Trends come and go. In its Innovation special Business Week takes a look at leading trends in the business community. Last year was all about execution, but that was then… (While you’re there be sure to check out the Special Reports.)
This year’s emphasis on strategic thinking suggests that, like an individual recovering from a personal upheaval, businesses today are taking stock: reviewing their options, rethinking their strategies, considering new opportunities and innovations.
Another trend is the questioning of CEO compensation, once strictly the province of the board of directors and a few consultants, today it’s everyman’s topic of conversation. Do you think today’s CEO compensation, not just on Wall Street, but in general, is fair and appropriate? Do the incentives work? Do they focus too much on risk taking or do they encourage excessive caution? Read this interview for some excellent insights.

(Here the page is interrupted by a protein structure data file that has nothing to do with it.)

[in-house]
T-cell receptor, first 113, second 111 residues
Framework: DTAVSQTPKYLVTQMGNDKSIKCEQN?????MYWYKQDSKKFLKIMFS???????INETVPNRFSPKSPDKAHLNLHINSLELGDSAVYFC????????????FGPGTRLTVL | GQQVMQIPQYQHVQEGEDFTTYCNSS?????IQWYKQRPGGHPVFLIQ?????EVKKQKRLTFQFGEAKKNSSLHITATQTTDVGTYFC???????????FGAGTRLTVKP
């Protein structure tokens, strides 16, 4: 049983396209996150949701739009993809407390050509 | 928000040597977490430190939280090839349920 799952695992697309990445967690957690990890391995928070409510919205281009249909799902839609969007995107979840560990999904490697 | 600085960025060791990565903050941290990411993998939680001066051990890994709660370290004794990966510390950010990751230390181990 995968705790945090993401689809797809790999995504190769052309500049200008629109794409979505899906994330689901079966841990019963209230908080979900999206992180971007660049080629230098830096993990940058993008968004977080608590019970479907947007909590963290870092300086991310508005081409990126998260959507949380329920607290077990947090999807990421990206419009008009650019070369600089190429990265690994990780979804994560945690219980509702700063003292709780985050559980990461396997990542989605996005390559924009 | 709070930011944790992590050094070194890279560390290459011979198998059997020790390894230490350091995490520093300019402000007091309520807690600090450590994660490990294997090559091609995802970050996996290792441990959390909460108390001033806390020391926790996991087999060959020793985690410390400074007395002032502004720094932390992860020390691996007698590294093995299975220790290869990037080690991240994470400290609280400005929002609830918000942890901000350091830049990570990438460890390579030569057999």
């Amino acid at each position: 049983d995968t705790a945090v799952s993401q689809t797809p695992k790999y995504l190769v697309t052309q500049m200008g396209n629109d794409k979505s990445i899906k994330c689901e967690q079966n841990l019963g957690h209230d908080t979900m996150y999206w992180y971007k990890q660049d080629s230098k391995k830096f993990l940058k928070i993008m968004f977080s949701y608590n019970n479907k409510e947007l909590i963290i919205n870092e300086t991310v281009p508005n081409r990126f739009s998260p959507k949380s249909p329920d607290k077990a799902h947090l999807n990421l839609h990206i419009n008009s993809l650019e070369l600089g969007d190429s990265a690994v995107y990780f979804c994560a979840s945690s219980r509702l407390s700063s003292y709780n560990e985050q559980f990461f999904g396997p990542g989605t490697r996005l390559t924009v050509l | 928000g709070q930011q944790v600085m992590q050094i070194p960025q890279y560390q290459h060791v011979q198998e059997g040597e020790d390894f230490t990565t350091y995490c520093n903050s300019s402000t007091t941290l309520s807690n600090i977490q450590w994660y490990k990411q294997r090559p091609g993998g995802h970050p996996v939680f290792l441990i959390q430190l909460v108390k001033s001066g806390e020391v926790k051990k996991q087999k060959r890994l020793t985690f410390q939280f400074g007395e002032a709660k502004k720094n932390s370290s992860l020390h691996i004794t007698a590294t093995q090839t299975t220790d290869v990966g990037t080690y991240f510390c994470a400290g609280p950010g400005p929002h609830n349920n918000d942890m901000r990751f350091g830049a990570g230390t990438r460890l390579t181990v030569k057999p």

Wharton accounting professors John Core and Wayne Guay have just completed a study on this topic titled, “Is There a Case for Regulating Executive Pay in the Financial Services Industry?“
Speaking of fortunes, what do the elder statesmen of Wall Street, guys like George Soros, Nicholas F. Brady, John S. Reed, William H. Donaldson and John C. Bogle have in common with you and me? Surprise, surprise, they all believe that Wall Street needs to be reigned in.
They grew quite wealthy in finance, typically making their fortunes in the ’70s and ’80s when banks and securities firms were considerably more regulated. And now, parting company with the current chieftains, they want more rules.